By Aaron Reiss
By Angelica Leicht
By Dianna Wray
By Aaron Reiss
By Camilo Smith
By Craig Malisow
By Jeff Balke
By Angelica Leicht
During her four years as a concierge at Houston's Ritz-Carlton, Kareen Eichmann was accustomed to receiving -- and was skilled at fulfilling -- requests for special favors from the four-star hotel's wealthy international clientele.
Tickets to the opera or ballet?
The best table at the right restaurant? Step right this way.
Admittance to an exclusive club? You're there.
But in late 1991, Eichmann claims, she was asked to perform a task that was not only out of the ordinary but illegal. And Eichmann says that as a result of her refusal to provide a hotel guest with a couple of prostitutes -- in other words, to act as a pimp -- she was fired from her job as chief concierge at the exclusive Galleria-area hotel. The 46-year-old New Zealand native is now suing the Atlanta-based Ritz-Carlton Hotel Company.
In a deposition taken this summer by the hotel's attorney, Eichmann alleged that toward the end of 1991 (she wasn't sure of the month) the then-manager of the Ritz-Carlton, Luis Argate, took her aside and asked her to find two female prostitutes -- one black and one white -- for a Mexican businessman, an important and frequent guest of the hotel. The manager told her that keeping the guest happy might land him an invitation to the businessman's villa in Acapulco, she testified.
Eichmann said in her deposition that she rejected Argate's request, telling him it was illegal and immoral, and instructed her staff of concierges not to indulge similar requests.
However, she also said that the presence of call girls at the Ritz-Carlton is "part and parcel of international business."
"[Prostitutes] are sent from one businessman to another businessman," Eichmann maintained. "If you work there at night, there is a general parade of these women going past the front desk. I mean, you would have to be absolutely ignorant to not know what's going on."
Eichmann also testified that she informed hotel security about the episode, but was met with indifference.
"They just said, 'Oh, yes,'" Eichmann recalled. "And everybody went on with their business."
Her lawyer, Richard London, says the hotel manager set out to get rid of Eichmann after she refused to fill the guest's special room service order.
"He clearly wanted her gone," says London. "He really started to lean on her pretty hard on little things."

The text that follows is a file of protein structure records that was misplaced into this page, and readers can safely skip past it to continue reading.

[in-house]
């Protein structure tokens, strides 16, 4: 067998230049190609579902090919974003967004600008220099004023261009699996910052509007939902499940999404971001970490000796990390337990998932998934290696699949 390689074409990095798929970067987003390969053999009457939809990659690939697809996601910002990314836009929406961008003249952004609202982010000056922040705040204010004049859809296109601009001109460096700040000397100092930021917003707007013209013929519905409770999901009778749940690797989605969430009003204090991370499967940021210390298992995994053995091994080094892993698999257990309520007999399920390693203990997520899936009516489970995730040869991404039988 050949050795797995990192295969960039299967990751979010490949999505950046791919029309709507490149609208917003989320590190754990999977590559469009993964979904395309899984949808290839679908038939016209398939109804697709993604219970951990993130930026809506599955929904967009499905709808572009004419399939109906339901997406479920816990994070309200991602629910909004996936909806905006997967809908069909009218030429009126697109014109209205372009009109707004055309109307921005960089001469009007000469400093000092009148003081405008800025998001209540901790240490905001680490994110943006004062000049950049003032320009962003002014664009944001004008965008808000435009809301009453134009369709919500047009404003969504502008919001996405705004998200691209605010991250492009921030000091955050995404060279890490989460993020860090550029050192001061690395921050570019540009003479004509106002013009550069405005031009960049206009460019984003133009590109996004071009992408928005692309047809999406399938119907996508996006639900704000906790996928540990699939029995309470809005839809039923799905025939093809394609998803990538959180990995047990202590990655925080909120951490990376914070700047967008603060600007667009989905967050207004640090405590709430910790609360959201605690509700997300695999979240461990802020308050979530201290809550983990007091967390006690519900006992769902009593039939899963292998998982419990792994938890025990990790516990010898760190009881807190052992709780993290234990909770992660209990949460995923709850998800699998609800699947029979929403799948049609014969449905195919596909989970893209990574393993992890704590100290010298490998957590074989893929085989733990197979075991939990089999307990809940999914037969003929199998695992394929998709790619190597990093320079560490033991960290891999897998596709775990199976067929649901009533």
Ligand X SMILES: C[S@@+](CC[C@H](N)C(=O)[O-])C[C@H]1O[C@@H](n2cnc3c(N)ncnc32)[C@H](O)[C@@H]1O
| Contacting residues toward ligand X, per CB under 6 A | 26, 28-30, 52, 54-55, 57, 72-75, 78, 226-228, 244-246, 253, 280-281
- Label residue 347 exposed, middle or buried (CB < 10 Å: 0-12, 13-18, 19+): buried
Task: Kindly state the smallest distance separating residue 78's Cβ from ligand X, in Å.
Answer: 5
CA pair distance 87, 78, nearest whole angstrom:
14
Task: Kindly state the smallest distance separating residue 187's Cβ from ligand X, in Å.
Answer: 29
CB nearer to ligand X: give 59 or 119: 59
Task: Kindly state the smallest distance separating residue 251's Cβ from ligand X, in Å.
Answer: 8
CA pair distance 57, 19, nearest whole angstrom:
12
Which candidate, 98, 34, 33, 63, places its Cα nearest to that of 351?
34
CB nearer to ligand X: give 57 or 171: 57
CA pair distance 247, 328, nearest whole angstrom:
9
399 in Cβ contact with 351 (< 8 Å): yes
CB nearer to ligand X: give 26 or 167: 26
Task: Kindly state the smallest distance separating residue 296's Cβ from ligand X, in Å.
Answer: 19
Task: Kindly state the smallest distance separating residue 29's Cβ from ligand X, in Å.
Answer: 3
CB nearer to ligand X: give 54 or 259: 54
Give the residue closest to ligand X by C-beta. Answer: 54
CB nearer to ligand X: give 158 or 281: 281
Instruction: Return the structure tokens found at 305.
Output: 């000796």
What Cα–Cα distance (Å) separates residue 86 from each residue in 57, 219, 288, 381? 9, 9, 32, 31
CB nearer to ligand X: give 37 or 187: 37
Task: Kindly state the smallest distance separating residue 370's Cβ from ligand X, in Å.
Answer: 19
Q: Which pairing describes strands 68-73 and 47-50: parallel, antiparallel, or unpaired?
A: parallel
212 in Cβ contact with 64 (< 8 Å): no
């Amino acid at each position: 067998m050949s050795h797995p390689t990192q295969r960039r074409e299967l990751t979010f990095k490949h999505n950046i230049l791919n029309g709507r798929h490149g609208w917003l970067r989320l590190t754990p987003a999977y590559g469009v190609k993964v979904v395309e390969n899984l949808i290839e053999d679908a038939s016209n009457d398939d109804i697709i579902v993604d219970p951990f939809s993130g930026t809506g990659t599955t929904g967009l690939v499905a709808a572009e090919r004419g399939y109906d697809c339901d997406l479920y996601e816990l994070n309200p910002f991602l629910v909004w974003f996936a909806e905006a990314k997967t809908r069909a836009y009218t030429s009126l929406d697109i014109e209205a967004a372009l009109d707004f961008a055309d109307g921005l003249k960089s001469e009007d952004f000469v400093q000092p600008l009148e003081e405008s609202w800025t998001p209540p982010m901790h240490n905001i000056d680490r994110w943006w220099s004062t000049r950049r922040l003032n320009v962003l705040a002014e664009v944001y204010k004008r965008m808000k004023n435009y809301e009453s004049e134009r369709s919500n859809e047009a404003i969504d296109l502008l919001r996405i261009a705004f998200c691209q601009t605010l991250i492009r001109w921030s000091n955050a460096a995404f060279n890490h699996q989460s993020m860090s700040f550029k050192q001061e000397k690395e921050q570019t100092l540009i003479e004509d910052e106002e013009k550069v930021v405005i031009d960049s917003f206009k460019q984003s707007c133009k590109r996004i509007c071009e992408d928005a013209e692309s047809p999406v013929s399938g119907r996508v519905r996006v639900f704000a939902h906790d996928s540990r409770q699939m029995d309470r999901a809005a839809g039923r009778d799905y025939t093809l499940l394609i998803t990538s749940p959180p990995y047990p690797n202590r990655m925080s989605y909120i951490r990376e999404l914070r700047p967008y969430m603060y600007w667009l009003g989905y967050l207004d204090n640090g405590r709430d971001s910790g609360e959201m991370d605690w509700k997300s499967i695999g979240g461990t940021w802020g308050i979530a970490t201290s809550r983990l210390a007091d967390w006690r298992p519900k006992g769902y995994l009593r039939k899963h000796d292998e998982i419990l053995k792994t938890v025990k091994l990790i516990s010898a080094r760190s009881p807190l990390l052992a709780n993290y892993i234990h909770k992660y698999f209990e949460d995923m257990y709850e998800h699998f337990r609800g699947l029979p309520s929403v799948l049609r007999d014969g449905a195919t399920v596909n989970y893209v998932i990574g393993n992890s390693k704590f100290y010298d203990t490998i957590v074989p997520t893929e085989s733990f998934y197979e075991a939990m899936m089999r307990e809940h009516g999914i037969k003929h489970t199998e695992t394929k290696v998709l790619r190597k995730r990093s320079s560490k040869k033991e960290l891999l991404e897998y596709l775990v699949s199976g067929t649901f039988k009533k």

According to the lawyer, Eichmann was eventually fired in April 1992, with the hotel using a missing diary that belonged to the Irish rock band U2 as an excuse. The band's "tour diary" was apparently misplaced or misappropriated when U2 was staying at the hotel, London says, and some entries in the journal ended up being leaked to the media. The diary turned up in Eichmann's desk.
"It wasn't stolen," says London. "It was picked up, put into a desk and locked up. Then some other employees of the hotel took it and some issue was made public and the management of the rock band was quite upset about it. [The hotel] tried to attribute that to Kareen, even though she didn't know anything about it or have anything to do with it. She didn't even know about it being in her desk until the day that the incident came up. And she was fired over that."
U2's publicity agency did not respond to a request for comment, and Argate, who is no longer employed at the Ritz-Carlton, could not be located. Management of the Ritz-Carlton declined to comment on the lawsuit. (Eichmann's allegation isn't the first time the hotel has been ensnared in controversy; in 1992, two employees of a Saudi Arabian prince alleged they had been kept as slaves by the prince in the hotel.)
Eichmann served for a time as president of the Houston Concierges Association. The organization's current president, Guy LaPlant, who works at the Holiday Inn Crowne Plaza, says he finds it hard to believe that the manager at any quality hotel such as the Ritz-Carlton would ask a concierge to provide a customer with a prostitute.
"I don't know of anybody that would do that," says LaPlant. "It's not like it's in our job description."
But Eichmann insists she was indeed asked to act as a procurer, and her lawyer says the episode and her subsequent firing left Eichmann suffering from an extended and debilitating bout of depression. He also says that his client, who is now a pre-med student at Tomball College, will never again be able to land a job as a concierge. A concierge, says London, is only as good as his or her contacts -- and Eichmann no longer has any.
"She was naive," says the lawyer. "She assumed she could follow the law and do her job and nobody would take advantage of her. She's real disappointed in the Ritz-Carlton. She held them in very high regard.